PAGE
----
Those same large arms companies are also responsible for many European arms exports to the rest of the world, fueling reasons forcing people to flee, such as war, internal conflict, repression, human rights violations and poverty. Over the last few years the EU has increasingly supported the ‘global competitiveness’ and exports of the European military and security industry, making this a part of its own process of militarisation through the European Defense Fund and other instruments.

Frontex and other border security authorities increasingly use autonomous systems for border surveillance. Over the last few years the agency has paid tens of millions of euros to arms companies Airbus, Elbit, Israel Aerospace Industries and Leonardo for providing drone surveillance services in the Mediterranean. This includes the use of so-called ‘killer drones’ which are promoted as ‘battlefield tested’ in wars and repression.

Maritime Frontex operations to stop migration in the Mediterranean and towards the Canary Islands go along with member states border security efforts, separate EU military missions (Operation Sophia and its successor Operation Irini) and pressure on third countries to act as outpost border guards for the EU, stopping refugees before they can even reach EU borders (the so-called ‘border externalisation’). Externalisation efforts often have serious consequences in third countries as well, by legitimizing and strengthening authoritarian regimes and their security forces, undermining local (migration-based) economies and diverting development aid.

Many EU financial instruments contribute to the militarisation of borders, next to Frontex’ own budget. The most important is the Integrated Border Management Fund, which is aimed at funding EU member states efforts’ to strengthen border security, including the purchase of equipment to be made available for Frontex operations. The European Defence Fund and research funding under the EU’s seven-year R&T-programmes (currently Horizon Europe) can also be used for funding new border security equipment, while the Neighbourhood, Development and International Cooperation Instrument, the Instrument for Pre-Accession and the European Peace Facility and the Instrument contributing to Stability and Peace can all fund border security and control efforts in non-EU-countries.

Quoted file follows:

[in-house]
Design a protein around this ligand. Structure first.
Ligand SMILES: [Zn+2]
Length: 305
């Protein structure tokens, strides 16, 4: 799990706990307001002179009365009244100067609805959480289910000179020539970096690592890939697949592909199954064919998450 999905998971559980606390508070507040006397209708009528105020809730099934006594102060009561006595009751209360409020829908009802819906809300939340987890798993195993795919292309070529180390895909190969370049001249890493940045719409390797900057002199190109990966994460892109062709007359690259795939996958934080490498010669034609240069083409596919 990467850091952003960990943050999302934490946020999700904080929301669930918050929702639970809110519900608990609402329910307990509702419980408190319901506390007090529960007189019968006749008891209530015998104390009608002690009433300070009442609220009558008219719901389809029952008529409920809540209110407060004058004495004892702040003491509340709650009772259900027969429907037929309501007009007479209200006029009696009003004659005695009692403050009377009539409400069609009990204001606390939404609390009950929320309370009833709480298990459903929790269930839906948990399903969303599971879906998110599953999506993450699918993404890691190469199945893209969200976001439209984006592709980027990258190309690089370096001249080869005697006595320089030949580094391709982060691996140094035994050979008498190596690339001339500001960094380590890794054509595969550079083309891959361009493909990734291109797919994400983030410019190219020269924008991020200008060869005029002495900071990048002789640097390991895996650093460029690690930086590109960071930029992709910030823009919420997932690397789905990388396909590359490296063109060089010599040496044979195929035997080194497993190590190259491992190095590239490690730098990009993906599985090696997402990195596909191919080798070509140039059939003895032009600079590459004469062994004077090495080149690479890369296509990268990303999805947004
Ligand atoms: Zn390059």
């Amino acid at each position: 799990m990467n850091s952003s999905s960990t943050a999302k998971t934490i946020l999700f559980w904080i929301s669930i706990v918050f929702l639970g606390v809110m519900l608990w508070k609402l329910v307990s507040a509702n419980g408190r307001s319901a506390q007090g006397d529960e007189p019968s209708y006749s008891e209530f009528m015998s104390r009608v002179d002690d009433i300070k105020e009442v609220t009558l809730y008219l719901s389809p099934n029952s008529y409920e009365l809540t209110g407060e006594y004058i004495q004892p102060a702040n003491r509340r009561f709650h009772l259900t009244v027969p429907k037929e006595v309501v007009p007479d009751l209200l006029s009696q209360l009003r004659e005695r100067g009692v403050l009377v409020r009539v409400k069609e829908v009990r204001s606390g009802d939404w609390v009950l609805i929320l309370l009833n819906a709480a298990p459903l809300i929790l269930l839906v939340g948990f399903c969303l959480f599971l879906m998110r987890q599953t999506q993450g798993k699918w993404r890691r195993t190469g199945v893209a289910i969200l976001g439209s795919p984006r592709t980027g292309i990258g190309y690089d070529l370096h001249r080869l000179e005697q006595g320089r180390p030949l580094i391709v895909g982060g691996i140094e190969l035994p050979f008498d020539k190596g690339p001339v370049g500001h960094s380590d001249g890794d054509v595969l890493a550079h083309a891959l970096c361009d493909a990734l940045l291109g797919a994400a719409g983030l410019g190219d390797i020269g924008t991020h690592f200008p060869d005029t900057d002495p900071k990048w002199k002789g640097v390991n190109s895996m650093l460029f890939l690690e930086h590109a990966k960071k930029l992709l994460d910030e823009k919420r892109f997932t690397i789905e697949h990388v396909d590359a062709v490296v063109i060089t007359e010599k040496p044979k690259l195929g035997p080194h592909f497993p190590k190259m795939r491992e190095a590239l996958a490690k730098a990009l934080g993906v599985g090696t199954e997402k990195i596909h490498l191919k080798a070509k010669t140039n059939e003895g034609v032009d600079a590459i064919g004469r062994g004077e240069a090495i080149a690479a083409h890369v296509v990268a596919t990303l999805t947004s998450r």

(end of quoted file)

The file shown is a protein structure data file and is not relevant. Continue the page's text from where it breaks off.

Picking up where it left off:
Who profits from Fortress Europe?

As well as racist ideas about the “European way of life” and colonial illusions of grandeur in deciding who ‘deserves’ to live in Europe, the EU’s militarisation of borders has been heavily influenced by the military and security industry. Large arms and technology companies such as Airbus, Thales, Leonardo and Indra, as well as lobby organisations such as the European Organisation for Security (EOS), have shaped this discourse on migration as a threat and the policies to respond to it. They have done this through countless meetings with EU officials, participation in official EU advisory bodies, round tables with participation of EU commissioners and publishing lobby papers for example.

As well as increasing the EU’s military spending, for example with the creation of the European Defence Fund – benefiting the military-industrial complex (no coincidence given that the idea of the Fund was largely based on recommendations from an advisory group in which arms company and military research institutions played a leading role) – the EU has been funding border security purchases by EU member states and by third countries – mainly in Africa. And again, the military and security industry is the biggest beneficiary of this spending on border security – selling everything from ships and helicopters and ships, to surveillance and (biometric) identification technology.

Research and resources

On arms industry lobbying and profiting:
On border externalisation: